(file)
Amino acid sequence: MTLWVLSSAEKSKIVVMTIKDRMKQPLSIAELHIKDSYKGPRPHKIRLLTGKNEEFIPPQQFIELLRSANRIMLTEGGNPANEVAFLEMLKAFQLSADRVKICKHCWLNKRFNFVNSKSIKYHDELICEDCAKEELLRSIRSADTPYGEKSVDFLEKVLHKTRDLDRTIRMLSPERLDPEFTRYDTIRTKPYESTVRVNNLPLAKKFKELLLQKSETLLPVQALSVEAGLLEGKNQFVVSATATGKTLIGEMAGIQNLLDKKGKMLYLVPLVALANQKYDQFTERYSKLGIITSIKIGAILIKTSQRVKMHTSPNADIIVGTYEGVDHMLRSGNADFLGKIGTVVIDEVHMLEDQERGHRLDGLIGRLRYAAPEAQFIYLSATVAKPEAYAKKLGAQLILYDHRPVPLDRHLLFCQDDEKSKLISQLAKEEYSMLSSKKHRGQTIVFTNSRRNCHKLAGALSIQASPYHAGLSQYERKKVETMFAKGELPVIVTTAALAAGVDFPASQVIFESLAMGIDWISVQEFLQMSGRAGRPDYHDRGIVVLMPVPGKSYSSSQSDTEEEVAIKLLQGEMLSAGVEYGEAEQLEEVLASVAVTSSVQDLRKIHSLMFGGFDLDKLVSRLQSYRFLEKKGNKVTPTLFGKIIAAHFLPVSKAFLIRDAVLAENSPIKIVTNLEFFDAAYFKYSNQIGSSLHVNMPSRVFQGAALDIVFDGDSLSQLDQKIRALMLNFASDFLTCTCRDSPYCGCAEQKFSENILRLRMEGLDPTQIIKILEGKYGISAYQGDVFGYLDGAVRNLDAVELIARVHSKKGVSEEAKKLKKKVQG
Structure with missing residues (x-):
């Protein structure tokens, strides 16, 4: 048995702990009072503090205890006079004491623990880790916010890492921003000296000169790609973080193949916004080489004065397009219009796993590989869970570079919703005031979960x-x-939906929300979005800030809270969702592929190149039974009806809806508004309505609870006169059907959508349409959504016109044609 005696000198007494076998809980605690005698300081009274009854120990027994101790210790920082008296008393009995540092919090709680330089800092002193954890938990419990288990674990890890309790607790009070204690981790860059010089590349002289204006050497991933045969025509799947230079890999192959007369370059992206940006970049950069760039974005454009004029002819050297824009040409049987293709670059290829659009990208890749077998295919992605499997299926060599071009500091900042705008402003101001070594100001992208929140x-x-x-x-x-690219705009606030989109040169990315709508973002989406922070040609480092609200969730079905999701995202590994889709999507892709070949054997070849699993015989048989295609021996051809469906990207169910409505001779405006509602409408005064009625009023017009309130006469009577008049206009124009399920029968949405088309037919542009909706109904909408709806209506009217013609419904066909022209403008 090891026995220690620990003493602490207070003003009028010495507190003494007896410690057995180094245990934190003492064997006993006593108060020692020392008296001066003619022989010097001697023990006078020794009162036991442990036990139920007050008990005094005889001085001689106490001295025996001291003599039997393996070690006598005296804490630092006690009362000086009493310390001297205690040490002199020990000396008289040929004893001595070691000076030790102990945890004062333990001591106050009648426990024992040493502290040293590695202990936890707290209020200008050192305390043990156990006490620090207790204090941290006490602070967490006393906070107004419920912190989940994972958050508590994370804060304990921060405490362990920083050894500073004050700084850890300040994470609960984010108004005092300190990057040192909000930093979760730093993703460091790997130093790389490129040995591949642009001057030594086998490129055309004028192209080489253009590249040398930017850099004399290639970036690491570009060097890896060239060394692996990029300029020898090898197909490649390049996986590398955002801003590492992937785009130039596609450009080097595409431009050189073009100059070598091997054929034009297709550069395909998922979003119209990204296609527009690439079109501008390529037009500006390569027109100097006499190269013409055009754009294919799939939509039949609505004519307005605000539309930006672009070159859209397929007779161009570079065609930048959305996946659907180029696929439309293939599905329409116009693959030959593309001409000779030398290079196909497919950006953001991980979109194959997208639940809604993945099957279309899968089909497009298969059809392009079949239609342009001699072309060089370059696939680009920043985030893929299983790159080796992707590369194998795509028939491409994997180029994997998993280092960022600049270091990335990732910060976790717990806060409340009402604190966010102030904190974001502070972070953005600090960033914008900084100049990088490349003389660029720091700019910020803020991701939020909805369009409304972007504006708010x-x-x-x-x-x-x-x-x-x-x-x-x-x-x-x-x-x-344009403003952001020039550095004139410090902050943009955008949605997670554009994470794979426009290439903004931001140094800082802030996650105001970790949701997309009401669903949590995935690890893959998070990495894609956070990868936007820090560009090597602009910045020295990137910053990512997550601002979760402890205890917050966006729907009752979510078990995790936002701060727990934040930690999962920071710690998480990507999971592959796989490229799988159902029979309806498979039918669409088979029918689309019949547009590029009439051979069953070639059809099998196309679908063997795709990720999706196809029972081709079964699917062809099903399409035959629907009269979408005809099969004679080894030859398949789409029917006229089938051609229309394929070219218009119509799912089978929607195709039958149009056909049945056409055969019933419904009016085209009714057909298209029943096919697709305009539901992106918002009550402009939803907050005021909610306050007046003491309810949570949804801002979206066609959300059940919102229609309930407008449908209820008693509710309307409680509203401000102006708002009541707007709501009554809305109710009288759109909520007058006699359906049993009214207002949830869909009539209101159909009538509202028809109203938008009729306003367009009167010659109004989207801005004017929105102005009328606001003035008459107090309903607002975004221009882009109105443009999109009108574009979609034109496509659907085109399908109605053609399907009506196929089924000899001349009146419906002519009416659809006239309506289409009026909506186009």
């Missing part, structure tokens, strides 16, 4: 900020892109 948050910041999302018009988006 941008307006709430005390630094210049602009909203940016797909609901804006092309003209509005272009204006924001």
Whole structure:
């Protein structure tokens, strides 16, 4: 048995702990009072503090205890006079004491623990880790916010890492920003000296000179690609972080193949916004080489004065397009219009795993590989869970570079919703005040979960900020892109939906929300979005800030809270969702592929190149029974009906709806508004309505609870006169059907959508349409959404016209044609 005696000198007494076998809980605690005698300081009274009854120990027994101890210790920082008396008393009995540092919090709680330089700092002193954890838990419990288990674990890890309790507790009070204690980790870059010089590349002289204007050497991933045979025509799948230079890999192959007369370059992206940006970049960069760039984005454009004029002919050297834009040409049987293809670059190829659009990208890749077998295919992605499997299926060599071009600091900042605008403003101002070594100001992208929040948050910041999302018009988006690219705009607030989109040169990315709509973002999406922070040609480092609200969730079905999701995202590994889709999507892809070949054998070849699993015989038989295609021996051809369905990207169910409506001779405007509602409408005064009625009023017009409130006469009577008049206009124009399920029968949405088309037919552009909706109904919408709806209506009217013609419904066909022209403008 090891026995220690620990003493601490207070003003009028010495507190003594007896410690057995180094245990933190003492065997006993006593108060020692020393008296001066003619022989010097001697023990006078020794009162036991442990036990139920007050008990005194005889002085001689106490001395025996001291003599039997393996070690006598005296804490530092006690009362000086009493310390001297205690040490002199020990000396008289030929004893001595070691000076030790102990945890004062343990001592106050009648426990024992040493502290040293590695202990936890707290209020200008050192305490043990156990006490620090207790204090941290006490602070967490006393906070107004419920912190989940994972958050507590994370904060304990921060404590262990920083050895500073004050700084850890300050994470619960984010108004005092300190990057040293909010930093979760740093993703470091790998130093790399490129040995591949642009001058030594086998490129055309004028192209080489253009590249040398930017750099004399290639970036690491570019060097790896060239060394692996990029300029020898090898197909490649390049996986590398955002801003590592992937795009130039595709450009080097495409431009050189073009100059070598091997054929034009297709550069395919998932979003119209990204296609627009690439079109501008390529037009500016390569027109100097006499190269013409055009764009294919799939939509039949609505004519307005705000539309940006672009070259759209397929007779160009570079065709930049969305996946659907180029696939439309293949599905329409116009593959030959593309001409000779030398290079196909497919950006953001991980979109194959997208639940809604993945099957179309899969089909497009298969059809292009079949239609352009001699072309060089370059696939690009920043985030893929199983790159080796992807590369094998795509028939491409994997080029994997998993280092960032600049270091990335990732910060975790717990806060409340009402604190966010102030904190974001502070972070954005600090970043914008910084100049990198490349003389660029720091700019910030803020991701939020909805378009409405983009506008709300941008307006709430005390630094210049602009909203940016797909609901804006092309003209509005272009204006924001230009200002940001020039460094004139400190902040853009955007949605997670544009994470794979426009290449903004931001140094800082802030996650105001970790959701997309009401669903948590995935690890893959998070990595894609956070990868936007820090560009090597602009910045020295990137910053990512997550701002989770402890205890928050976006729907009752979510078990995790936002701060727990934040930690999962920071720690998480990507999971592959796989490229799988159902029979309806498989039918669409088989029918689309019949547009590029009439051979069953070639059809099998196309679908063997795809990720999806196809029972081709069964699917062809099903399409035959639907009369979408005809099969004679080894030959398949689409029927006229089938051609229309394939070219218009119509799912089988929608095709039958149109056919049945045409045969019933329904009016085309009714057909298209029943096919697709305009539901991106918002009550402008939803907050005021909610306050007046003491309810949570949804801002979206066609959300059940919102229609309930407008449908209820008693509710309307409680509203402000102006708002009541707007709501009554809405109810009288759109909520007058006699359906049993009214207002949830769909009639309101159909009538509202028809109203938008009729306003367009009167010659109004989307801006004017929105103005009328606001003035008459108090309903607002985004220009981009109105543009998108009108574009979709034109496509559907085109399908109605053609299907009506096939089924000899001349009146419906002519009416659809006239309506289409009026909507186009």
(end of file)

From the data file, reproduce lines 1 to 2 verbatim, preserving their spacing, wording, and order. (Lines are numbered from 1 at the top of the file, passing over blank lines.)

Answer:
Amino acid sequence: MTLWVLSSAEKSKIVVMTIKDRMKQPLSIAELHIKDSYKGPRPHKIRLLTGKNEEFIPPQQFIELLRSANRIMLTEGGNPANEVAFLEMLKAFQLSADRVKICKHCWLNKRFNFVNSKSIKYHDELICEDCAKEELLRSIRSADTPYGEKSVDFLEKVLHKTRDLDRTIRMLSPERLDPEFTRYDTIRTKPYESTVRVNNLPLAKKFKELLLQKSETLLPVQALSVEAGLLEGKNQFVVSATATGKTLIGEMAGIQNLLDKKGKMLYLVPLVALANQKYDQFTERYSKLGIITSIKIGAILIKTSQRVKMHTSPNADIIVGTYEGVDHMLRSGNADFLGKIGTVVIDEVHMLEDQERGHRLDGLIGRLRYAAPEAQFIYLSATVAKPEAYAKKLGAQLILYDHRPVPLDRHLLFCQDDEKSKLISQLAKEEYSMLSSKKHRGQTIVFTNSRRNCHKLAGALSIQASPYHAGLSQYERKKVETMFAKGELPVIVTTAALAAGVDFPASQVIFESLAMGIDWISVQEFLQMSGRAGRPDYHDRGIVVLMPVPGKSYSSSQSDTEEEVAIKLLQGEMLSAGVEYGEAEQLEEVLASVAVTSSVQDLRKIHSLMFGGFDLDKLVSRLQSYRFLEKKGNKVTPTLFGKIIAAHFLPVSKAFLIRDAVLAENSPIKIVTNLEFFDAAYFKYSNQIGSSLHVNMPSRVFQGAALDIVFDGDSLSQLDQKIRALMLNFASDFLTCTCRDSPYCGCAEQKFSENILRLRMEGLDPTQIIKILEGKYGISAYQGDVFGYLDGAVRNLDAVELIARVHSKKGVSEEAKKLKKKVQG
Structure with missing residues (x-):